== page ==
These investment opportunities could be anything from career training or new software, to specialist equipment for a hobby you can monetise – or even a property or a car you could renovate to sell. Or if you’re interested in stocks and funds, for example, you’ll now have an amount of money that’s separate to your income and savings, that you can use specifically for investing for profit.
Repayments, or Tithing, or Emergency Fund
This fourth current account is especially useful, because you can use it for three different purposes depending on your current financial circumstances. Let’s look at each purpose in turn.
If you currently have debts to service, then this fourth current account can be your “Repayment Fund”. Whatever you can afford to put into this account to service your debts, it’s all worth it, and it all helps you to get out of that debt faster.
If you make a regular habit of transferring whatever you can afford to into this “Repayment Fund”, even the smallest amount, then slowly but surely you’ll start to save lump sums that you can transfer back into your “Income” debit account, ready for when those debt repayments come due. It’s all about giving you more and more control over your money, by splitting everything up into these separate “pots”.
As an alternative to a “Repayment Fund”, you can also use this fourth current account as a “Tithing” account. “Tithe” is just an old word for “tenth”. As the name suggests, this was the ancient practice of putting 10% of your income aside into another separate pot. “Tithing” was money for giving to charity, or a place of worship, or to friends, family or neighbours who were desperate and needed the help.
Nowadays, the money in a “Tithing” account might go to helping out families through food bank donations, or donating to a charity, or even just keeping something aside for friends and family if they should ever need a small loan. Of course, 10% can be an awful lot to put aside out of anyone’s income – but even saving 1%, or 0.5% of your income into a “Tithing” current account will soon mount up, and give you the power to help out someone near and dear who really needs it.
Alternatively, if a “Tithing” account just isn’t practical for you right now, but you don’t need it as a debt repayment fund either, then consider this fourth account your “Emergency Fund” instead. Whether you pay 1%, 5% or even 10% of your income into this Emergency Fund, it’s bound to be a lifesaver at some point – whether the car breaks down, the TV packs in, or if you just need a little extra to make it through the month.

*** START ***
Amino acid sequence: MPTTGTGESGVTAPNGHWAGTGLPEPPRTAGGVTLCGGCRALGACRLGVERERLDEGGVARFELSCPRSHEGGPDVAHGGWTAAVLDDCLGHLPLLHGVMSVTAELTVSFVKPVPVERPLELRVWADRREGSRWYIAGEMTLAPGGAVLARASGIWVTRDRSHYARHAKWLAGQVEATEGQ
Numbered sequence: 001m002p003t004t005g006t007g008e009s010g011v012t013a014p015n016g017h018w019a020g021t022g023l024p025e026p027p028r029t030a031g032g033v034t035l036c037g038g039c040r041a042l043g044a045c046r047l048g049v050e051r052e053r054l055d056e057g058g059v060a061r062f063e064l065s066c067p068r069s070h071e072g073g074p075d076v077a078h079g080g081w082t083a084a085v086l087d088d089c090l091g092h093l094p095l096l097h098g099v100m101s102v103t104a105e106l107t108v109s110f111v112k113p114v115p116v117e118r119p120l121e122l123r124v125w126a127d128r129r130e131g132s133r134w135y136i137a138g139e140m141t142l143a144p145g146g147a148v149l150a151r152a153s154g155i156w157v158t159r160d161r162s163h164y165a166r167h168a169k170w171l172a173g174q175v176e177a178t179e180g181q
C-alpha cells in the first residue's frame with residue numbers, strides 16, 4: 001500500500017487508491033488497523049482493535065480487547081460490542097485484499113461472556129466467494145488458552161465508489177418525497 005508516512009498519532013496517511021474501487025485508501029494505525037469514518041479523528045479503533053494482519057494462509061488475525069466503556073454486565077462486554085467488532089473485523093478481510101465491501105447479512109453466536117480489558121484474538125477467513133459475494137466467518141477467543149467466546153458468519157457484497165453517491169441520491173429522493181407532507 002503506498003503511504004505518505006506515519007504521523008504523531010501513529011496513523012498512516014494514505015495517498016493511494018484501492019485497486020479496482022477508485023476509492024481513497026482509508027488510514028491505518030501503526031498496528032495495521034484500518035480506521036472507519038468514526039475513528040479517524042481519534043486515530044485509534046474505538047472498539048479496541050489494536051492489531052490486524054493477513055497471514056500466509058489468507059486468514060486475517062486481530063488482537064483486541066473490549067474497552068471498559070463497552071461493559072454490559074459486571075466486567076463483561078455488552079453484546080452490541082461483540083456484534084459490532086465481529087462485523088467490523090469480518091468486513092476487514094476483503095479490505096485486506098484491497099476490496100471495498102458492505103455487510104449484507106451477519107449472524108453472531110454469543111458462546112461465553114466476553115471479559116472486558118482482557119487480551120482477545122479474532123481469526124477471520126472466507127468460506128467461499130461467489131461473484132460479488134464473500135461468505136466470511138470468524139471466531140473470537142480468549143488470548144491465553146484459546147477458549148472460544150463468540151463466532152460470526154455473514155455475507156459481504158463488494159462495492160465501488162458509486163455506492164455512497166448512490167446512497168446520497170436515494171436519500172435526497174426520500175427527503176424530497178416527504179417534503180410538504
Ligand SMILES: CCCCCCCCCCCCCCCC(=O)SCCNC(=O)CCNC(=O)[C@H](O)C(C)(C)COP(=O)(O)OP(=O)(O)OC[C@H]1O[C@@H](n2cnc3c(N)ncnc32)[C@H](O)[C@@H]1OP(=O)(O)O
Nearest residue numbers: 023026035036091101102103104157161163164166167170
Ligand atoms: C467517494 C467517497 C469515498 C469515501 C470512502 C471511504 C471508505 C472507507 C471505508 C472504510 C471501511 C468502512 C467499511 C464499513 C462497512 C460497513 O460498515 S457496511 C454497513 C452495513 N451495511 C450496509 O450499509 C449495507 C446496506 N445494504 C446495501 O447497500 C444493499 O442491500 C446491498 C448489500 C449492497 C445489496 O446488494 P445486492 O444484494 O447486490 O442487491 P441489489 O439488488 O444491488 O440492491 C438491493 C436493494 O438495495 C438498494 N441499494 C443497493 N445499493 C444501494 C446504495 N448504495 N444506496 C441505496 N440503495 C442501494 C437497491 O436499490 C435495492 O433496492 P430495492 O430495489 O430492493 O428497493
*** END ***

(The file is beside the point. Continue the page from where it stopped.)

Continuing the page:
What could this “four-pot method” do for your finances?
This idea of having four current accounts to your name might seem confusing at first, but try it for yourself and you’ll soon get the hang of it!
Giving yourself four separate current accounts (Income, Savings, Investments and Repayment/Tithing/Emergency Fund) is just a really handy way to think of your money in terms of separate pots. It can give people much more control over their finances.
Really, it’s just a way to make sure you’ll always have enough to cover your expenses.
The point of having these four separate current accounts (and especially your Repayment/Tithing/Emergency Fund account) is to give you more and more options if you should ever need them. And when you have more options, with more separate money pots to rely on, then you can start to feel more secure and in control of your finances.
But right now, if the main priority is just to cover those monthly expenses first, then maybe all you need is a safety net to help get you back on your feet. In this case, you may want to consider a short-term loan from a reliable, verified lender to help out, if you’re confident that your payday loan can be settled with your future monthly income.
A payday loan is a short-term solution, while the tips above can be treated as a long-term guide to giving you ever more financial control. Either way, the result is the same – it’s all about getting your finances back on track.« Can I Take Out a Payday Loan If I Am on Benefits? What Should I Do If I Keep Being Rejected for Loans and Credit Cards? »